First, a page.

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Jeffs Responses

What is your response to the information presented in the resources?


Most policies or laws that we have which attempt to make people of all races more
equal, to me, have an odd flavor to them. Its difficult to fully put into words, but in essence we
have to force people, by laws or other means, to look at other people as being the same on
levels they may never have considered. In some ways we make people act a certain way,
though they may not feel it, no matter how right it may be. I do not think that passing laws and
making policies alone are enough. We need to make people feel the necessity of these laws.
When people are forced to do things, they resist more than if they were allowed to come to the
same conclusions on their own. We cannot just pass laws, we have to provide discussions
which can change opinions. The reading was often hard data, while the videos had much more,
for the lack of a better word, colorful and conveyed much more emotion that speaks to a wider
audience
How does this information relate to your personal educational histories?
I graduated in 1985 in the Orange unified school district. I knew we had ELL students,
but I had very little interaction with them. Their classes were in separate classrooms away from
other students following their own curriculum. We had a large population of vietnamese students
that I really didnt know about until I looked at my yearbook! We knew where their classrooms
were, even who their teachers were, but they didnt interact with the rest of the english speaking
students. I do not know if this was cultural or whether they didnt feel like they could interact with
us. However, looking back, I know they were getting a bilingual education, though apparently a
very segregated one. I do know of a couple of students who were able to transition to the
mainstream on their own accord, but they were obviously a token minority.
What questions do you have regarding the content?
While learning a common language is the main focus of this, I wonder what kind of
benefits cultural integration would have on top of this? We focus on the language, while the goal
is to also make them co workers and citizens. Perhaps we need to make an effort to not only
integrate them linguistically, but also socially and culturally.
I also wonder that even though we are seeing white students concentrate into certain
schools, is that due to shifts in regional populations or allowances made in enrollment. For
example, are more white students going to private or semi-private schools, or are they using
allowances in local codes to not attend their designated schools? If, for example, the
concentration of white students is due to shifts in regional populations and allowances made in
enrollment, what might this tell us about segregation in schools? Does that somehow justify it or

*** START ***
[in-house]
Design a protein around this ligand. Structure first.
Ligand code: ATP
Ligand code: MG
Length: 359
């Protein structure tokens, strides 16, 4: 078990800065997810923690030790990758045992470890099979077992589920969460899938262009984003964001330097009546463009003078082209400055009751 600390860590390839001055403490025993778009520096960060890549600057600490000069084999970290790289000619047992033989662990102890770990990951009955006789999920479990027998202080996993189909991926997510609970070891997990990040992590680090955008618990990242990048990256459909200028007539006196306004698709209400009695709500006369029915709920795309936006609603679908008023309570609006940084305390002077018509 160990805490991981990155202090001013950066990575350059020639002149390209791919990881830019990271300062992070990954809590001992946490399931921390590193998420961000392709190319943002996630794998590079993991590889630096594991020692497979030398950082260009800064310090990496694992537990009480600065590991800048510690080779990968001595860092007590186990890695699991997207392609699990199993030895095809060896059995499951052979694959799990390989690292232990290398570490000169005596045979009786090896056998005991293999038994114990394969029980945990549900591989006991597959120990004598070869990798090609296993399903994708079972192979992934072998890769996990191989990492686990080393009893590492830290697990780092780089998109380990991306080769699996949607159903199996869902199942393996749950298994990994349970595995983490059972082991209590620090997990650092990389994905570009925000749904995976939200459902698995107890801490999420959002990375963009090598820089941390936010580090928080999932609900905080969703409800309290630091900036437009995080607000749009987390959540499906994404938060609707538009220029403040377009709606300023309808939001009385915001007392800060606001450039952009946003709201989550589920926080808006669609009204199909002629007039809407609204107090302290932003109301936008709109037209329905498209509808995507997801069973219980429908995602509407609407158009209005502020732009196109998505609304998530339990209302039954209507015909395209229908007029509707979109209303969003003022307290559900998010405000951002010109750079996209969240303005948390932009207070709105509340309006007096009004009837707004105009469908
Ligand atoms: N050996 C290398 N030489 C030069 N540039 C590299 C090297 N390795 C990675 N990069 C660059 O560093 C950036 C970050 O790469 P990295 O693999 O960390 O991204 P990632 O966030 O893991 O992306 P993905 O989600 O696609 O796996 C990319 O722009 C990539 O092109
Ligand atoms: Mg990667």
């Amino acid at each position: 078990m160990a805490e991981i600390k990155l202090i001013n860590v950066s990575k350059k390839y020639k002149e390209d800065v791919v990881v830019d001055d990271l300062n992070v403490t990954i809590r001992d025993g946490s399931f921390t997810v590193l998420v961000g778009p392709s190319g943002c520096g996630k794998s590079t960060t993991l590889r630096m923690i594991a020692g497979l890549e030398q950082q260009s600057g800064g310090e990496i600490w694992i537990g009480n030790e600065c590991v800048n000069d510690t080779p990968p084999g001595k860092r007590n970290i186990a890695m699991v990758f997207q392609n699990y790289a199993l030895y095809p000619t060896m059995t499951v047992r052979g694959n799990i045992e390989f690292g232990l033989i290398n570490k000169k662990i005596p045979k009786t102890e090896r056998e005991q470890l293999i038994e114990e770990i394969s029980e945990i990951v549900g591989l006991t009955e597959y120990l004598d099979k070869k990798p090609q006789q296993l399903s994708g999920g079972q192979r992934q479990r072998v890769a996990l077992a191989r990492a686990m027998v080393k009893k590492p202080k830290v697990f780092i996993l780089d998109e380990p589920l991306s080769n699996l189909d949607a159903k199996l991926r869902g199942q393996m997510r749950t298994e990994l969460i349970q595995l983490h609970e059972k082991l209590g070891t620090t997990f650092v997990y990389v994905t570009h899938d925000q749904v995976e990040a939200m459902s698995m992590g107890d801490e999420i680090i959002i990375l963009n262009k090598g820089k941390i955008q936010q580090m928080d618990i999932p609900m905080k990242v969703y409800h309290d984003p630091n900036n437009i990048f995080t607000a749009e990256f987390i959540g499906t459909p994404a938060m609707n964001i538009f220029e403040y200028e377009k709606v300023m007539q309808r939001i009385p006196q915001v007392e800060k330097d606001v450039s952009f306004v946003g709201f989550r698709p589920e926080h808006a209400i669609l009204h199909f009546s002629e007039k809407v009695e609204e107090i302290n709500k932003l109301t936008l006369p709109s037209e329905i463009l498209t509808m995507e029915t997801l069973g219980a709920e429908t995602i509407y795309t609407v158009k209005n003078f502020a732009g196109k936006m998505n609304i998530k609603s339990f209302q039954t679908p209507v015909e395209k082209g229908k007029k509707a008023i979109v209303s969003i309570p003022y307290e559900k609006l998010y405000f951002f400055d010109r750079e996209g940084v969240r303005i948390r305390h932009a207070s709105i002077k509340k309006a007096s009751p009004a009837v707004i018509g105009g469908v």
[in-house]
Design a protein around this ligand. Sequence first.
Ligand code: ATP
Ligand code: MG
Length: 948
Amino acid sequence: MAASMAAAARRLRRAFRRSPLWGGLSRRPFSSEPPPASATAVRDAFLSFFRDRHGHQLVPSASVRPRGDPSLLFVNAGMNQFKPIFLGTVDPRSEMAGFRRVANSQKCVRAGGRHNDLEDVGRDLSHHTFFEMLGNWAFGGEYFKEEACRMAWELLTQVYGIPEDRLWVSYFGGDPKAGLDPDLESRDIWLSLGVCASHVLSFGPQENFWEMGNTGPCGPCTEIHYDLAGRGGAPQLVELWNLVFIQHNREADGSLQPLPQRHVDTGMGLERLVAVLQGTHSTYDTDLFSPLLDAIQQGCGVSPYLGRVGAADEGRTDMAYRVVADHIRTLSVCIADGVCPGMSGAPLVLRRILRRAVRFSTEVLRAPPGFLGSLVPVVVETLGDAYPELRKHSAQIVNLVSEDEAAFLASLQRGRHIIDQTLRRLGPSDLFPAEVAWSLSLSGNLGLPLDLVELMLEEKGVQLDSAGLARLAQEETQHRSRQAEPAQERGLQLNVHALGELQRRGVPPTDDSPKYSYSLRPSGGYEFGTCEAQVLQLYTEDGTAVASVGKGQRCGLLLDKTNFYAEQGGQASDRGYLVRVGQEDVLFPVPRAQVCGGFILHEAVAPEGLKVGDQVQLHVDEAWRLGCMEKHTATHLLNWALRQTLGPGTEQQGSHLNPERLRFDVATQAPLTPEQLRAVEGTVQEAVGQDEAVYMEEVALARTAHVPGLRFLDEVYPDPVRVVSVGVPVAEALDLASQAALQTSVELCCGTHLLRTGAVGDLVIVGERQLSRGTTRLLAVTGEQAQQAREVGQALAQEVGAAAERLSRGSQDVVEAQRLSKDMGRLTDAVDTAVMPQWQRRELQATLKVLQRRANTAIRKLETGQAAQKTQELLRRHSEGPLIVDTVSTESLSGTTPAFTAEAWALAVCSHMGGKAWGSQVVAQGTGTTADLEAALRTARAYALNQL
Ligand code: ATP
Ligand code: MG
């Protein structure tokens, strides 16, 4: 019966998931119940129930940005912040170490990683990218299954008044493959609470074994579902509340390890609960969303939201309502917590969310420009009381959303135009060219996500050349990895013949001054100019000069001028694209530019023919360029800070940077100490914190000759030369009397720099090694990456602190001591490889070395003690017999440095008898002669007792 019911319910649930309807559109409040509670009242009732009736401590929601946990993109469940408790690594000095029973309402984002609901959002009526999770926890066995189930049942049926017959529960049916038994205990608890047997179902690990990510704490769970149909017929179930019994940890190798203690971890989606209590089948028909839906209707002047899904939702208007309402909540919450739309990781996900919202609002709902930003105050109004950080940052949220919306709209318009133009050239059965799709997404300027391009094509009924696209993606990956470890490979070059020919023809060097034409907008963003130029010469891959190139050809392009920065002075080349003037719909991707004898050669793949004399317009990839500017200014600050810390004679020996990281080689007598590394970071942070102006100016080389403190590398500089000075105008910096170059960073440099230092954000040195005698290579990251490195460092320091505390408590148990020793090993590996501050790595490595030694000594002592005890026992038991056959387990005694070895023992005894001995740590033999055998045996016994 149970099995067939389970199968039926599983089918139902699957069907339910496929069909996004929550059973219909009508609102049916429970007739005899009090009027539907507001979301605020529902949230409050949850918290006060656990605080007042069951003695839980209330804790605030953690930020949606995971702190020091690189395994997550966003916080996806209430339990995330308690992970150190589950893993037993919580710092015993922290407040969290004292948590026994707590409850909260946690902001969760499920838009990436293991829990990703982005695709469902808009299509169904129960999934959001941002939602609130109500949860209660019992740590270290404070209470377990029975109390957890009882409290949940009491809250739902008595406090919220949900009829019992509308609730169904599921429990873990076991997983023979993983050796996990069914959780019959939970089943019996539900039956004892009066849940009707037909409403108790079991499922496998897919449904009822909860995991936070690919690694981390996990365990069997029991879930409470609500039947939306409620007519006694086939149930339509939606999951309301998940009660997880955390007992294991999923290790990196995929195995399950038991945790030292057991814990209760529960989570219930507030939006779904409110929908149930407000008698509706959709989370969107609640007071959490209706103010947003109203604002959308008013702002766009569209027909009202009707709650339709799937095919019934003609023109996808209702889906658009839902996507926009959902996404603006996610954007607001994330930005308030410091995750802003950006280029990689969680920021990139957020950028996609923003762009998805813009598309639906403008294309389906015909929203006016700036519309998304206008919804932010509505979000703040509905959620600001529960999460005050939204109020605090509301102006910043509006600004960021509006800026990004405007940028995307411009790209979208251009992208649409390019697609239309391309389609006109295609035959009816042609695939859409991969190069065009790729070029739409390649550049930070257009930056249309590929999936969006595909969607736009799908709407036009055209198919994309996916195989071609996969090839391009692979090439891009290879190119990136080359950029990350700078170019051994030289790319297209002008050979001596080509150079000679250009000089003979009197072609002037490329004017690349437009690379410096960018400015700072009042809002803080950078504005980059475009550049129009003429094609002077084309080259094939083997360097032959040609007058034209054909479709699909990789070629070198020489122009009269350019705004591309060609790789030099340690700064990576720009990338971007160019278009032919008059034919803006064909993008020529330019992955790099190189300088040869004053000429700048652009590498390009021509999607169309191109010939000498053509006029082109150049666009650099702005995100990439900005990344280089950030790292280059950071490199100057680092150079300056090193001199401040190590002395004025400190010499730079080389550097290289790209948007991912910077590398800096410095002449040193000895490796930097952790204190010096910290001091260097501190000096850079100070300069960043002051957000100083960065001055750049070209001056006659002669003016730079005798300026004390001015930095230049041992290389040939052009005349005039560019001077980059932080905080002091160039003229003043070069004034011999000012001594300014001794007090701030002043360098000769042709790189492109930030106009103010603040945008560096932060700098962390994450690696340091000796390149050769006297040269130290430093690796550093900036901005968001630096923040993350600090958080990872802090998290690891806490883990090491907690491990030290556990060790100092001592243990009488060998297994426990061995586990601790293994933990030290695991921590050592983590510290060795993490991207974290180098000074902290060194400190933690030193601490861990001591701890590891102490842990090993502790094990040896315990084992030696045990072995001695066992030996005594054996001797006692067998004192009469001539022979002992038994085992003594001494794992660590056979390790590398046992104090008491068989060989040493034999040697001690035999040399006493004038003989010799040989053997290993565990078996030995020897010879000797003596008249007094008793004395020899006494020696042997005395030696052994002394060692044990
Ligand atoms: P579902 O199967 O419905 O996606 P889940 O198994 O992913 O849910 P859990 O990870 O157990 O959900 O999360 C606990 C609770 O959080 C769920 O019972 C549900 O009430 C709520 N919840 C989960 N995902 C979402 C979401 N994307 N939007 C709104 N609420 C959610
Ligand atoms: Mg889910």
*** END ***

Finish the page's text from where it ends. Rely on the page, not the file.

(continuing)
does it tell us the root of the problem lay elsewhere or does it tell us something else entirely?

What aspects of this information do you think is important to remember as you develop your
teaching philosophy?
The inability to be fluent in english is not measure of intelligence. When you say inability
to be fluent in English, do you mean that they dont have the capacity (ability is a tricky word in

the education world :) or that, at the time they are in your class, they have not yet had the
exposure to or access to resource to develop these skills? You can have very capable, very
intelligent students that may not be fluent in english. Since I am NOT directly responsible to
teaching them English, I still need to create content that transcends language and challenges all
students. I like that you add not directly. Yes, you are Bio teacher, but you may very well find
yourself coaching students in the development of English in order to teach Biology. And other
languages are often best learned when not the end goal themselves, but as a means to
something else (like understanding Bio). Finding ways to help make this English accessible to
ELLs, especially given the vocab rich subject of Biology, will be of great benefit to them. I used
some videos for visual learners, but good videos can still be useful for ELL students. I also
intend to make certain projects have bi-lingual content, but in all honesty, most of this would be
geared to spanish-speakers. Can I have true equity while catering to only one non-english
language?
Thanks Jeff. You pose some interesting questions. I appreciate you sharing. You have some
questions that I am sure will continue to be presenting over the next 8 weeks and into your next
years of teaching. I look forward to seeing how your answers develop.
Edwards Responses
What is your response to the information presented in the resources?
The articles and videos presented illustrate the contradiction we still have between the ideals of
our legislation and the wisdom still lacking in how to implement an equitable education system
that includes all of its students. I am struck by how many of the same issues are still very
present as in The Lemon Grove Incident circa 1930 which happened in San Diego, Americas
first desegregation case. Also, a little troubling that the discussion in the videos involved only
White people ( Im guessing Anglos) while the subject matter is about Blacks and Latinos. While
very important and noble contributions, it only reinforces the idea the that the control of the
educational system is a White/Anglo affair, the rest of us are guests.
Americanization School in Oceanside - http://en.wikipedia.org/wiki/Americanization_School
Interesting points! I think intent and implementation are key to consider and thinking about what
voices are left out of the story. Nice work.
How does this information relate to your personal educational histories?
The challenge of how to include ELL students in our educational system has always been linked
to the idea of who the education system was set up for in the first place, White, Anglo, Christian,
males(and secondly those who can assimilate as close as possible). Varying degrees of
segregation have always been present in my formal education starting with the constant request
to identify my race/ethnicity. In my experience I see students overcome this obstacle by
integrating formally or informally, invited or subversively. In the form of voluntary integration
programs or by way of social behavior or status (acting more white, sports, arts, religion).

What questions do you have regarding the content?

Was interesting to see the lack of academic success despite all the conflict and effort that has
been put into place to rectify the damage of segregation. Buuuuuuuut
Are there case studies where Whites, Blacks and Latinos have done well academically in an